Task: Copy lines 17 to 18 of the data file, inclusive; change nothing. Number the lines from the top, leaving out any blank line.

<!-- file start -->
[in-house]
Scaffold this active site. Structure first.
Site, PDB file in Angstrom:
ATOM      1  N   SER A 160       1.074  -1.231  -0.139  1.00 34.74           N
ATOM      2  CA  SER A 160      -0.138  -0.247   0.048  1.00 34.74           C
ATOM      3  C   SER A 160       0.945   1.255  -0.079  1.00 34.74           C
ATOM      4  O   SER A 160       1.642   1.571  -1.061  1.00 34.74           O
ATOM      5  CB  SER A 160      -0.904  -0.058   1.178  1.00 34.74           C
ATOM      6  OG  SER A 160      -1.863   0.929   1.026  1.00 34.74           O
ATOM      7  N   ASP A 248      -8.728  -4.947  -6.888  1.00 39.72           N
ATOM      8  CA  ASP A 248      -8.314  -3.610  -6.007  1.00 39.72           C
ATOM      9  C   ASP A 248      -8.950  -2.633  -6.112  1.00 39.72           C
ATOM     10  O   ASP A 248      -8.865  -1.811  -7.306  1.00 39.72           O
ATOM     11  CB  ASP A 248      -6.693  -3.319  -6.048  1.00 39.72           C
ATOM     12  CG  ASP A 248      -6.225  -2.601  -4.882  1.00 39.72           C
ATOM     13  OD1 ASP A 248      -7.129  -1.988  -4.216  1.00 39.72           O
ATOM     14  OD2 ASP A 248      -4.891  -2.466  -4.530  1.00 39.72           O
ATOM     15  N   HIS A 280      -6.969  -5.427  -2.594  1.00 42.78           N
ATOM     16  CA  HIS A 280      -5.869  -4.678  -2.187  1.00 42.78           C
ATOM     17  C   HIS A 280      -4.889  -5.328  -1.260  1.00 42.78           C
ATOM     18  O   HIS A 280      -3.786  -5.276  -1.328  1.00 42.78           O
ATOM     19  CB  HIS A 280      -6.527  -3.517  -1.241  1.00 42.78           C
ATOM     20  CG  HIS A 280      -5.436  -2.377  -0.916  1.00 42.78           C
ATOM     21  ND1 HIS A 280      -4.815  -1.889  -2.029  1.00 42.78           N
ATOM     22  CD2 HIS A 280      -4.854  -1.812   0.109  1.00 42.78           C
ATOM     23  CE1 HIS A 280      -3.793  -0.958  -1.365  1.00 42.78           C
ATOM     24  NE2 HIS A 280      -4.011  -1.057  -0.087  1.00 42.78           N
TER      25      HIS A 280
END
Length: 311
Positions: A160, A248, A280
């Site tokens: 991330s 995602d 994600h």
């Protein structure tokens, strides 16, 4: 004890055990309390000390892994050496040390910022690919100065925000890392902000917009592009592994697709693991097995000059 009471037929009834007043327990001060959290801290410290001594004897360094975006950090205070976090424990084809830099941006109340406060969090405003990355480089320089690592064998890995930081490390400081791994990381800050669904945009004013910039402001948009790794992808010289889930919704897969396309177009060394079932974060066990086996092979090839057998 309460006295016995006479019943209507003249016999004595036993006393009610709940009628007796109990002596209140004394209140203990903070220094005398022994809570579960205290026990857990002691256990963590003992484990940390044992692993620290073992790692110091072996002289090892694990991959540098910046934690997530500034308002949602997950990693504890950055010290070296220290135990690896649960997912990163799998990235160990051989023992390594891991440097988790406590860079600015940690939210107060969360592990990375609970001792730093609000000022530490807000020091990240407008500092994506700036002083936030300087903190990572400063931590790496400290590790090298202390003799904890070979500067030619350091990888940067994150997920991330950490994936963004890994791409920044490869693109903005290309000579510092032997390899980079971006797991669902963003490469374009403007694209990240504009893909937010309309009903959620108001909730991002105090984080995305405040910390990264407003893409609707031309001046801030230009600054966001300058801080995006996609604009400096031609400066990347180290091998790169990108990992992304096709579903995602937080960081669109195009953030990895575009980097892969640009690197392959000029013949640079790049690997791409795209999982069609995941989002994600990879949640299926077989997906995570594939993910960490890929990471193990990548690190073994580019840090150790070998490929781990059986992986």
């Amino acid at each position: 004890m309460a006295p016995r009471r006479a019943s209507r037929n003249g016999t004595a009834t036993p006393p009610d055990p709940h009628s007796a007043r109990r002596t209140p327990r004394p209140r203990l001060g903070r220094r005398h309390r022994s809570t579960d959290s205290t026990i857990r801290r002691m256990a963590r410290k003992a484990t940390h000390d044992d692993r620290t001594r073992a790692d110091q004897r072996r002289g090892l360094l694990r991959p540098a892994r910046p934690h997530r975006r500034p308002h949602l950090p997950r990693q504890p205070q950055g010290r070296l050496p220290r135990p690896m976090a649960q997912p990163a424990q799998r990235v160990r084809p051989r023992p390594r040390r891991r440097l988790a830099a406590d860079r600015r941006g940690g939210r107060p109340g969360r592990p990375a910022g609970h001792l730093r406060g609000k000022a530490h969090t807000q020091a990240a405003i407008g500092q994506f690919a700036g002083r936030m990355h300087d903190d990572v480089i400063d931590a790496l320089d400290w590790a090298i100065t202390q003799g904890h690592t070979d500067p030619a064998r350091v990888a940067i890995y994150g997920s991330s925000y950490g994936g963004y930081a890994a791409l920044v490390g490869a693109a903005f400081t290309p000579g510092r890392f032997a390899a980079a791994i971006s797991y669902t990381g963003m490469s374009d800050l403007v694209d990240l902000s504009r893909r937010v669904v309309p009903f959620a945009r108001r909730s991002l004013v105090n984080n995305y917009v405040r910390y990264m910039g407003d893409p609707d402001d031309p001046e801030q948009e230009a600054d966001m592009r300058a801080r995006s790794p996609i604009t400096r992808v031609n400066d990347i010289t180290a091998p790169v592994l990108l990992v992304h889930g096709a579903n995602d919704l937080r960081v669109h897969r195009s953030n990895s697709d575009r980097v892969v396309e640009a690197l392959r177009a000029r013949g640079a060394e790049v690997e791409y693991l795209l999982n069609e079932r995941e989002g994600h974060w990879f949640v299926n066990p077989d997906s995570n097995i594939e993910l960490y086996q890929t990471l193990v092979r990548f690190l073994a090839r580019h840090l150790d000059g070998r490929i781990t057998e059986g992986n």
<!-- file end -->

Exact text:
ATOM     14  OD2 ASP A 248      -4.891  -2.466  -4.530  1.00 39.72           O
ATOM     15  N   HIS A 280      -6.969  -5.427  -2.594  1.00 42.78           N